In this study, we created deterministic models to project health outcomes if quality of care was addressed in a representative sample of 81 low- and middle-income countries (LMICs). First, available data from health facility surveys (e.g., Service Provision Assessment [SPA] and Service Availability and Readiness Assessment [SARA]) conducted 2007–2016 were linked to household surveys (e.g., Demographic and Health Surveys [DHS] and Multiple Indicator Cluster Surveys [MICS]) to estimate baseline coverage for a core subset of 19 maternal and newborn health interventions. Next, models were constructed with the Lives Saved Tool (LiST) using country-specific baseline levels in countries with a linked dataset (n = 17) and sample medians applied as a proxy in countries without linked data. Lastly, these 2016 starting baseline levels were raised to reach targets in 2020 as endline based upon country-specific utilization (e.g., proportion of women who attended 4+ antenatal visits, percentage of births delivered in a health facility) from the latest DHS or MICS population-based reports. Our findings indicate that if high-quality health systems could effectively deliver this subset of evidence-based interventions to mothers and their newborns who are already seeking care, there would be an estimated 28% decrease in maternal deaths, 28% decrease in neonatal deaths, and 22% fewer stillbirths compared to a scenario without any change or improvement in quality of care. Totals of 86,000 (range, 77,800–92,400) maternal and 0.67 million (range, 0.59 million–0.75 million) neonatal lives could be saved, and 0.52 million (range, 0.48 million–0.55 million) stillbirths could be prevented across the 81 countries in the calendar year 2020 when adequate quality care is provided at current levels of utilization. Limitations include the paucity of data to individually assess quality of care for each intervention in all LMICs and the necessary assumption that quality of care being provided among the subset of countries with linked datasets is comparable or representative of LMICs overall.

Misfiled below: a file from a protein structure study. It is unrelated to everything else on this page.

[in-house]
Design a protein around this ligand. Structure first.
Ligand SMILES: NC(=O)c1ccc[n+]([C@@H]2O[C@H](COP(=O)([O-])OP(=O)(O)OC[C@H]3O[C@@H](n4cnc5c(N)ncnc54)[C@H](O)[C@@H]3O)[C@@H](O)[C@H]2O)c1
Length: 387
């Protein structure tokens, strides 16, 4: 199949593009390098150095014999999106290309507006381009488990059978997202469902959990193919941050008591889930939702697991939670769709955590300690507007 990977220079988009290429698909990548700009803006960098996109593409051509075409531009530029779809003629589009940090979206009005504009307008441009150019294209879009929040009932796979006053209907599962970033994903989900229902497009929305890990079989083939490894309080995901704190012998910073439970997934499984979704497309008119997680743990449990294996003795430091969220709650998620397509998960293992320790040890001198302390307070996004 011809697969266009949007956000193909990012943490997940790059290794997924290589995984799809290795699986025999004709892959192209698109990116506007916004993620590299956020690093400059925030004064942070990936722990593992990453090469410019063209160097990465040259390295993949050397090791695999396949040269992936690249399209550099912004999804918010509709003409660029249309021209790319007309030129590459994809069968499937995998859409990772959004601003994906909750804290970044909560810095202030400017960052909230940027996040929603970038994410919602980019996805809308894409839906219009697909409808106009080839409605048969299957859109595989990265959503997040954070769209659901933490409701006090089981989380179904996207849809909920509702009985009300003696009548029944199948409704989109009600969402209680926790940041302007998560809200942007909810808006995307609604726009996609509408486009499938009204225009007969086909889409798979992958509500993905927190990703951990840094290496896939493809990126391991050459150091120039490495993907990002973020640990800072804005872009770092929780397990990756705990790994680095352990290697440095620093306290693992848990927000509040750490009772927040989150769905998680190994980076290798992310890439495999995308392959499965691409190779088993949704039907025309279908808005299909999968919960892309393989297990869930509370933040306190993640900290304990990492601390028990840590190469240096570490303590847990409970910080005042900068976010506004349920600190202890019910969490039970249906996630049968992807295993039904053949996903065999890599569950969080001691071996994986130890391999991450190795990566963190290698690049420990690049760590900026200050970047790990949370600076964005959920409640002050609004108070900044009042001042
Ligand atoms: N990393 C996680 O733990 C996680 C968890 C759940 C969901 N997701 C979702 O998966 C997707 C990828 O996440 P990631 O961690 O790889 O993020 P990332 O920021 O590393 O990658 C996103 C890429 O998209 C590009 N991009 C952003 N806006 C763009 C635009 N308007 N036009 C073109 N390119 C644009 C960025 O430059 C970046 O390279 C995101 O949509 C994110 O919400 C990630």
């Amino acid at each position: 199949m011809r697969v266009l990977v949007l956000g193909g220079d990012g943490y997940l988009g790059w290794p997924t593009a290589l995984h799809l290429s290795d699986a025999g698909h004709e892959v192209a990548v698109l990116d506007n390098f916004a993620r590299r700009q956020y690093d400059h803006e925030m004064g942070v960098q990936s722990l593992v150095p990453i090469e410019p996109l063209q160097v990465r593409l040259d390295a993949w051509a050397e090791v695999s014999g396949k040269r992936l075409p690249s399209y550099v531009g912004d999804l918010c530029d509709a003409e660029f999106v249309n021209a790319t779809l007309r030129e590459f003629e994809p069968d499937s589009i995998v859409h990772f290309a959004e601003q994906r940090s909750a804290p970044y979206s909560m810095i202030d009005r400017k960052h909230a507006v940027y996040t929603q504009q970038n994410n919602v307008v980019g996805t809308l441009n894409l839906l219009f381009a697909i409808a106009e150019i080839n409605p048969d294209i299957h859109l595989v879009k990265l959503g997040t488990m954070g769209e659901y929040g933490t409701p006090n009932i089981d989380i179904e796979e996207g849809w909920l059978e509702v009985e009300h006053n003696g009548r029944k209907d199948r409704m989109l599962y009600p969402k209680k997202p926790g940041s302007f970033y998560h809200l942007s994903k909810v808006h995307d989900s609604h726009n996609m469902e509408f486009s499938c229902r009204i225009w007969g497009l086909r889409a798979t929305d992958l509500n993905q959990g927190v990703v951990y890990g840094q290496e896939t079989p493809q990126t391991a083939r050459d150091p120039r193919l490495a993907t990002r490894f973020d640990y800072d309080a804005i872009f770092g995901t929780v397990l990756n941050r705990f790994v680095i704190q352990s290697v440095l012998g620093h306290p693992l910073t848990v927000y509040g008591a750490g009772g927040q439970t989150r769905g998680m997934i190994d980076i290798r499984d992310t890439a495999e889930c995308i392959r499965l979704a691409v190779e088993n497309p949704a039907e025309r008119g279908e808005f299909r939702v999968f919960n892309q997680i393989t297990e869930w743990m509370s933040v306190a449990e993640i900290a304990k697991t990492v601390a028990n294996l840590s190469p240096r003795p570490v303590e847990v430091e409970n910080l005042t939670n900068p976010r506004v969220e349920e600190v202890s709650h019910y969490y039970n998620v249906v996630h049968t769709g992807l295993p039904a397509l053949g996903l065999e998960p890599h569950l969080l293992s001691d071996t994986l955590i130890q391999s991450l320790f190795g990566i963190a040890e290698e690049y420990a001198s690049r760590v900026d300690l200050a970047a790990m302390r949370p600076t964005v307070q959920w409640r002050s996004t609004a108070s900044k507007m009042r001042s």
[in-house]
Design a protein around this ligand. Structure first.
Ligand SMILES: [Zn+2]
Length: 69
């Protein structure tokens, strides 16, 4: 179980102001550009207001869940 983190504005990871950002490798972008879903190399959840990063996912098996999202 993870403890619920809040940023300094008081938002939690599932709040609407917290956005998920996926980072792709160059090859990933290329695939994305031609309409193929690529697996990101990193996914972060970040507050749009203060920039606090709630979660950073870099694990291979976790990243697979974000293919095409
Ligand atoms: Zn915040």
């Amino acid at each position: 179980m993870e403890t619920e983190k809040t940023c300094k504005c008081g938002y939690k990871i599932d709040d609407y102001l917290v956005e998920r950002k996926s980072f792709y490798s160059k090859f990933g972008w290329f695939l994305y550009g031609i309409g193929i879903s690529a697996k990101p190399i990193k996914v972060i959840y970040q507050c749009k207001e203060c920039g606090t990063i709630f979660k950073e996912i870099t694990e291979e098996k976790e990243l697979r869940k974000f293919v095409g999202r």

Our findings suggest that efforts to close the quality gap would still produce substantial benefits at current levels of access or utilization. With estimated mortality rate declines of 21%–32% on average, gains from this first step would be significant if quality was improved for selected antenatal, intrapartum, and postnatal interventions to benefit pregnant women and newborns seeking care. Interventions provided at or around the time of childbirth are most critical and accounted for 64% of the impact overall estimated in this quality improvement analysis.